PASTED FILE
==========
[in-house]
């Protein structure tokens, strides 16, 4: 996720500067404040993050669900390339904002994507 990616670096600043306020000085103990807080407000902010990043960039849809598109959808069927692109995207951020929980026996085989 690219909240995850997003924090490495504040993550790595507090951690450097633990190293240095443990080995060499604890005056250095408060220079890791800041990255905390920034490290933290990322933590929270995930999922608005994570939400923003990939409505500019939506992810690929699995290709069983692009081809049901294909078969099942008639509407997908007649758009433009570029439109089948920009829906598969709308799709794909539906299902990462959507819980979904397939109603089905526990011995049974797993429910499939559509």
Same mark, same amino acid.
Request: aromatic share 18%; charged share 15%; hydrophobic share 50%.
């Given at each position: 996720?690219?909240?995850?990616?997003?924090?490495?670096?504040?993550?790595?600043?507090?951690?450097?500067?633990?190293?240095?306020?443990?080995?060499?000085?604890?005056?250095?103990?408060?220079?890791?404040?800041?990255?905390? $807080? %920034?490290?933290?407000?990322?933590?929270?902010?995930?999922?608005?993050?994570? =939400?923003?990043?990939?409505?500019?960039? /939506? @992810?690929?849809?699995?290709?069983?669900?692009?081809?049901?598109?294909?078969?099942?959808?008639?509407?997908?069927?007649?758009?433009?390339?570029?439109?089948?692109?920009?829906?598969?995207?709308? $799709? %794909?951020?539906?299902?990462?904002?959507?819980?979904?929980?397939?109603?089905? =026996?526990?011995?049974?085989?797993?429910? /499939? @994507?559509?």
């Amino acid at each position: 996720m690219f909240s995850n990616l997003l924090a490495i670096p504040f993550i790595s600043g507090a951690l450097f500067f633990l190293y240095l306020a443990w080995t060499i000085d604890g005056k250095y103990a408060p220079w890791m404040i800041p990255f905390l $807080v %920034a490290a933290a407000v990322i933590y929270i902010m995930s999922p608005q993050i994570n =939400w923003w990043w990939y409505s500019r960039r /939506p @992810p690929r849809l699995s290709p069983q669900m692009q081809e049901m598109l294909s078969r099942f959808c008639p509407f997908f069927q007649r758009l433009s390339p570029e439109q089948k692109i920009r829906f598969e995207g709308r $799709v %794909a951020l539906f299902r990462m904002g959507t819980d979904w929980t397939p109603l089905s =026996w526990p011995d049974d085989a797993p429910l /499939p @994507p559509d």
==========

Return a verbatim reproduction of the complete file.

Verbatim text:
[in-house]
């Protein structure tokens, strides 16, 4: 996720500067404040993050669900390339904002994507 990616670096600043306020000085103990807080407000902010990043960039849809598109959808069927692109995207951020929980026996085989 690219909240995850997003924090490495504040993550790595507090951690450097633990190293240095443990080995060499604890005056250095408060220079890791800041990255905390920034490290933290990322933590929270995930999922608005994570939400923003990939409505500019939506992810690929699995290709069983692009081809049901294909078969099942008639509407997908007649758009433009570029439109089948920009829906598969709308799709794909539906299902990462959507819980979904397939109603089905526990011995049974797993429910499939559509």
Same mark, same amino acid.
Request: aromatic share 18%; charged share 15%; hydrophobic share 50%.
């Given at each position: 996720?690219?909240?995850?990616?997003?924090?490495?670096?504040?993550?790595?600043?507090?951690?450097?500067?633990?190293?240095?306020?443990?080995?060499?000085?604890?005056?250095?103990?408060?220079?890791?404040?800041?990255?905390? $807080? %920034?490290?933290?407000?990322?933590?929270?902010?995930?999922?608005?993050?994570? =939400?923003?990043?990939?409505?500019?960039? /939506? @992810?690929?849809?699995?290709?069983?669900?692009?081809?049901?598109?294909?078969?099942?959808?008639?509407?997908?069927?007649?758009?433009?390339?570029?439109?089948?692109?920009?829906?598969?995207?709308? $799709? %794909?951020?539906?299902?990462?904002?959507?819980?979904?929980?397939?109603?089905? =026996?526990?011995?049974?085989?797993?429910? /499939? @994507?559509?």
């Amino acid at each position: 996720m690219f909240s995850n990616l997003l924090a490495i670096p504040f993550i790595s600043g507090a951690l450097f500067f633990l190293y240095l306020a443990w080995t060499i000085d604890g005056k250095y103990a408060p220079w890791m404040i800041p990255f905390l $807080v %920034a490290a933290a407000v990322i933590y929270i902010m995930s999922p608005q993050i994570n =939400w923003w990043w990939y409505s500019r960039r /939506p @992810p690929r849809l699995s290709p069983q669900m692009q081809e049901m598109l294909s078969r099942f959808c008639p509407f997908f069927q007649r758009l433009s390339p570029e439109q089948k692109i920009r829906f598969e995207g709308r $799709v %794909a951020l539906f299902r990462m904002g959507t819980d979904w929980t397939p109603l089905s =026996w526990p011995d049974d085989a797993p429910l /499939p @994507p559509d």